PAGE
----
Best opportunity in a generation to achieve MDGs in Sudan, says new report
Khartoum – Sudan’s progress towards achieving the globally agreed Millennium Development Goals (MDGs) has been stalled due to the detrimental effects of past and continuing armed conflict in parts of the country. Significant financial and human resources needed to support government authority have caused a reduction or suspension of expenditure increases on essential or basic services to people.
Today, with the three peace agreements and the ongoing efforts to reach a lasting and comprehensive peaceful settlement in Darfur, Sudan has its greatest opportunity in a generation to consolidate and sustain peace and improve the lives of all Sudanese and make progress towards achieving the MDGs.
These are some of the findings of the second Sudan Millennium Development Report, released here today. The Report that was tabled at the recent Millennium Summit in New York has been prepared by the National Population Council (NPC), with support of the United Nations development agencies based in Sudan. The project for the preparation of the national MDG report was led by the United Nations Development Programme (UNDP).
“We in the Ministry of Welfare & Social Security has emphasized and advocate for the incorporation of the MDGs targets and indicators in the Sudan’s Five Year Strategic Plan 2011-2016 which is currently under preparation” announced H.E. Minister of Welfare & Social Security Mrs. Amira El-Fadil today in the launch of the Sudan 2010 MDGs Progress Report.
One of the key recommendations of the Report for enhancing time-bound progress in order to achieve the MDGs in the five years remaining to 2015 is the need for effective and efficient holistic interventions to address the challenges identified in the Report in the way of achieving each of the MDGs. The Report calls for according high national attention to strengthening statistical capacity to furnish reliable and accurate data that enable monitoring, tracking and evaluation of performance regarding the MDGs and in respect of other pivotal socio-economic development domains.
The MDGs are reflected in the Comprehensive Peace Agreement (CPA) as a prerequisite to achieving stability in Sudan, and in the Sudan’s Constitution. Reliable data on the current state of socio-economic development in Sudan that are disaggregated by region, gender, income, and comparable data over time and with other states and regions is patchy and hard to obtain.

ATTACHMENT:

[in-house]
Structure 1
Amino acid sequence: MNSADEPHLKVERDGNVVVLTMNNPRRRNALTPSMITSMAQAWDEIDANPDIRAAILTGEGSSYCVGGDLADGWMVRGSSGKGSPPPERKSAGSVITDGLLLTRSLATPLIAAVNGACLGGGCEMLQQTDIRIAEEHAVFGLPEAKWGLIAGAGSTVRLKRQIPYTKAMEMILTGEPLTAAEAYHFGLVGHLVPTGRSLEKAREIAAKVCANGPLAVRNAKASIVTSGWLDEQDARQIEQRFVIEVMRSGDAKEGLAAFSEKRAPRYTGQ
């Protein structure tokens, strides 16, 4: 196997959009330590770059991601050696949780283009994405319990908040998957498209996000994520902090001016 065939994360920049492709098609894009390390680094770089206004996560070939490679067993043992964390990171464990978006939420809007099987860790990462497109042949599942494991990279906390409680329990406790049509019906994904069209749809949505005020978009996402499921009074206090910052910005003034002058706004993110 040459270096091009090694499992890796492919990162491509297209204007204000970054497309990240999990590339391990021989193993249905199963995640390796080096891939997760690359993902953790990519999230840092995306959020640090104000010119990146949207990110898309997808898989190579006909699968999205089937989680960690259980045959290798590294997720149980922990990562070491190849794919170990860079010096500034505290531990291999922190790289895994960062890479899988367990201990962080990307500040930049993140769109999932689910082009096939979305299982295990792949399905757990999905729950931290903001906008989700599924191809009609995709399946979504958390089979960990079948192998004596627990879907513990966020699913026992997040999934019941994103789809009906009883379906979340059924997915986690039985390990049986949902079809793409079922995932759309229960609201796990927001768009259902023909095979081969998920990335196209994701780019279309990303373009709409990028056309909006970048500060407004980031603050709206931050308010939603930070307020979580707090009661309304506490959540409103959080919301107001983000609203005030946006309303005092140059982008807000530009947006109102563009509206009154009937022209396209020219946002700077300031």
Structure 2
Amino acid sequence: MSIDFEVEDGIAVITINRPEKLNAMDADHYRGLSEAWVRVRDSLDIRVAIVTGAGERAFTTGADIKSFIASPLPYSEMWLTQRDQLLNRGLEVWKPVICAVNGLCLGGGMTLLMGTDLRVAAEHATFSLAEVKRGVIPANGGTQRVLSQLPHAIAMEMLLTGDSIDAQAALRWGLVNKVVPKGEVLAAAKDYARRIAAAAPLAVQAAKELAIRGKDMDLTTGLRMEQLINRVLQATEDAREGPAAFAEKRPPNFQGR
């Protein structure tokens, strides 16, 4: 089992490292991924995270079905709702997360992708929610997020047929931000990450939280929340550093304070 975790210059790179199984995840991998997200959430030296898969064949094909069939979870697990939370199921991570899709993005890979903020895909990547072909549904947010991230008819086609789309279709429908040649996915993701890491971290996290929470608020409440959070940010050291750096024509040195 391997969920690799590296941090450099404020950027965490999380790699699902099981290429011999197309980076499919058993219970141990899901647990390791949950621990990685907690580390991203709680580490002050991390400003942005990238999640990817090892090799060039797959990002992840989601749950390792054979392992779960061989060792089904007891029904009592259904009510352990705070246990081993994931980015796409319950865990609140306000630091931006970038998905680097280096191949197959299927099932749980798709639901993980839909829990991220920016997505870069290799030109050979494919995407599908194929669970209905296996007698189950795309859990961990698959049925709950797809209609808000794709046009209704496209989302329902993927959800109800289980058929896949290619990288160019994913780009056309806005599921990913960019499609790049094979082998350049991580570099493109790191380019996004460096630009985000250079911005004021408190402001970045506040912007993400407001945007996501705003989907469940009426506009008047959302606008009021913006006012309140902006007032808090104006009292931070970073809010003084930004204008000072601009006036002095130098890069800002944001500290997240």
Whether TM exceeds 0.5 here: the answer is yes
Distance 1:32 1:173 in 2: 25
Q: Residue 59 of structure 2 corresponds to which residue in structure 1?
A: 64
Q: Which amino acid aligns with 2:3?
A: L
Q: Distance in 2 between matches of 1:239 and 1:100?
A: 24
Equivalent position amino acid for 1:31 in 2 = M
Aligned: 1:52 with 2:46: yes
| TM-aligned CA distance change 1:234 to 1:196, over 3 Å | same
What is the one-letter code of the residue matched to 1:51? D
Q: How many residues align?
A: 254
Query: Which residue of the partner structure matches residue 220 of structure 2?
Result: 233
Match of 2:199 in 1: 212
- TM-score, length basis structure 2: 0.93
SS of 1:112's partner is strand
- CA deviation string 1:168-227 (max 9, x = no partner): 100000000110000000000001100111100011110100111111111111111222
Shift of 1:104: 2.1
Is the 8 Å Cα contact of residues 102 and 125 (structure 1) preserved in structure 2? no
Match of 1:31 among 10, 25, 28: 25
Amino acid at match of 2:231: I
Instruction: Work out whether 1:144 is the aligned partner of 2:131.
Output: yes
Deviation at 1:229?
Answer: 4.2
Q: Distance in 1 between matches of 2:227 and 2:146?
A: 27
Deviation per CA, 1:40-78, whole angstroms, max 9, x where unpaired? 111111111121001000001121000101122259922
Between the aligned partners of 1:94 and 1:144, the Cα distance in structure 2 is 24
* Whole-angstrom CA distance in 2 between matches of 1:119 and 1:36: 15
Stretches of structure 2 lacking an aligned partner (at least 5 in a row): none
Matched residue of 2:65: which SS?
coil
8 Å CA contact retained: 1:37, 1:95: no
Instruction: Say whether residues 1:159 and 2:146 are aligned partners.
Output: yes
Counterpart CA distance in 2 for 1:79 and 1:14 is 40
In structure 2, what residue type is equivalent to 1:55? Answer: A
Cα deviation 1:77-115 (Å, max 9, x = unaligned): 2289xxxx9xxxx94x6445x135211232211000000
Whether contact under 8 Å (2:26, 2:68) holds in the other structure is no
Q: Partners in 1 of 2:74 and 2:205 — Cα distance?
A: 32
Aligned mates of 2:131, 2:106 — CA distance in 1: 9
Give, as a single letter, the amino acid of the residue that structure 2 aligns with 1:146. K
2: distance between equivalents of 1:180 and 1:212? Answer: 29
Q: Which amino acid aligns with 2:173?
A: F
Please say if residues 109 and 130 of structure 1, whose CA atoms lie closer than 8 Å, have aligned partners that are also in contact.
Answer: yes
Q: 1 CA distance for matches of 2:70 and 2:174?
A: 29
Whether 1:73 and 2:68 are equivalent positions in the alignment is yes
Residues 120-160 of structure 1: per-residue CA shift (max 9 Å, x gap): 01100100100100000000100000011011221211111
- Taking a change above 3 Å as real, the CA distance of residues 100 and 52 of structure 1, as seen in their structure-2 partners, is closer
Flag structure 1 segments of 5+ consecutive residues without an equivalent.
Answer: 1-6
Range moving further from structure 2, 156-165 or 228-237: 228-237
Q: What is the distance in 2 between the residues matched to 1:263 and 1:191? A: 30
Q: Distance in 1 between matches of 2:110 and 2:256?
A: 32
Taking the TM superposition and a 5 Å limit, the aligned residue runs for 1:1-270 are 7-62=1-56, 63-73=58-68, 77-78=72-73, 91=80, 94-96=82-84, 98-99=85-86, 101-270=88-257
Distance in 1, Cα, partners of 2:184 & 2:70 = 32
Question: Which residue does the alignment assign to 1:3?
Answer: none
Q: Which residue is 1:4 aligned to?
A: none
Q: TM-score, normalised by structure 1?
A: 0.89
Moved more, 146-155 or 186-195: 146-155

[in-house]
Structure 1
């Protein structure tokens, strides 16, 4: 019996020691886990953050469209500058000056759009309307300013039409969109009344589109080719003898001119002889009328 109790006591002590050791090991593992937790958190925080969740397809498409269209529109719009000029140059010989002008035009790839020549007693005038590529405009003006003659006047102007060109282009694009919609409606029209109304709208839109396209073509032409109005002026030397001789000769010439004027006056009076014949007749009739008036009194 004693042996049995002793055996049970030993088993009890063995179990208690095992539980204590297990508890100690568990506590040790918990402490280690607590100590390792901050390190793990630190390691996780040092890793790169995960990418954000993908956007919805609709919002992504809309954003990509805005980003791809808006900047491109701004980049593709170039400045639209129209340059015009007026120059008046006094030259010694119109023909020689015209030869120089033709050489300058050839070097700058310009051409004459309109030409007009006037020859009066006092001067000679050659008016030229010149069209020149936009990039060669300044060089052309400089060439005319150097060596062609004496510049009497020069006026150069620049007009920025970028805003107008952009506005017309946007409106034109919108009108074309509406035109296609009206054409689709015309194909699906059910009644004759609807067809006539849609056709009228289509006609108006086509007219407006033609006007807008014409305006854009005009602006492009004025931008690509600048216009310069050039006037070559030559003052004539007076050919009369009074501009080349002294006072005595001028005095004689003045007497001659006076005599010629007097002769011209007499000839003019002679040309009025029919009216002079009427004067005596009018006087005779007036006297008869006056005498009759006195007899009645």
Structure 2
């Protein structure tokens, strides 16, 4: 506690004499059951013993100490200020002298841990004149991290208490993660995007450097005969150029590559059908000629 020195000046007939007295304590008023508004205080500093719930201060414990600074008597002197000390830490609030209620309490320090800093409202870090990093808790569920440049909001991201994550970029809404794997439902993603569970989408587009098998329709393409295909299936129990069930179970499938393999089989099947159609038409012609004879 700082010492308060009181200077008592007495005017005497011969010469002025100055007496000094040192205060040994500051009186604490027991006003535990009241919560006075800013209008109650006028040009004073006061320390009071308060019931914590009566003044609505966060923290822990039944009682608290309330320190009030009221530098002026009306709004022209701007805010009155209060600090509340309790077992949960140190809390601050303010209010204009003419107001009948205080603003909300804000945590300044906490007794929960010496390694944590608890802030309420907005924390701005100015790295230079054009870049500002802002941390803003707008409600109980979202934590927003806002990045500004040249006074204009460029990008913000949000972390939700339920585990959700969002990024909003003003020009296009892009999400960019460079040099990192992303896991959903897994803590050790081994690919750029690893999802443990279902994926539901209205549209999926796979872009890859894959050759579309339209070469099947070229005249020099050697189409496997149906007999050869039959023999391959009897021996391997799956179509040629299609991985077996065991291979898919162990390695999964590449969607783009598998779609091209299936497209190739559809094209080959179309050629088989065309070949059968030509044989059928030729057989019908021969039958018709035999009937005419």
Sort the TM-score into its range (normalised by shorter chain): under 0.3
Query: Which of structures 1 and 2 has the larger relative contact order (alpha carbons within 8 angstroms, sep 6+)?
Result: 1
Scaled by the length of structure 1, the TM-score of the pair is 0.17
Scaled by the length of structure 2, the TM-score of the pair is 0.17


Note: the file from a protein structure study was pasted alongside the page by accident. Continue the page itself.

This Report assesses the progress made in Sudan towards achieving the MDGs and uses data from the most recent national census (2008), National Baseline Household surveys (2009) as well as the State Household Survey 2006. The Report reveals that economic growth in Sudan has not been broad-based, with investments and services concentrated in and around Khartoum state and to a lesser extent in Juba, the capital of Southern Sudan.
UNDP Sudan Country Director addressed the audiences in the launch and emphasized on the strong partnership with the government; and explained that achieving MDGs in Sudan is possible if the challenges highlighted in the report been dealt with as opportunities for progress remain still. “UNDP and other sister UN agencies consider MDGs as an strategic aspect of intervention which goes beyond preparing this report to other important aspects such as capacity building and localization of MDGs in Sudan”; emphasized Mr. Claudio Caldarone, the UNDP Sudan Country Director.
The report reveals examples of progress that can be seen in the Gross Enrolment Rate in basic education which increased from 65% in 2004 to 71% in 2009 in North Sudan. Literacy rate for 15-24 years old persons increased from 27% in 1990 to 69% in 2009 and to 72.5% in 2010. Furthermore; the incidence and death rates associated with malaria also declined significantly: reported malaria cases declined from 7.5 million in 2001 to 3.1 million in 2009 and deaths from malaria declined from 35,000 in 2001 to 8,840 in 2009. Cellular subscribers per 100 populations increased from 9 in 2005 to 28 in 2009. Internet users per 100 populations increased from 8.2 in 2009 to 10.4 in 2010.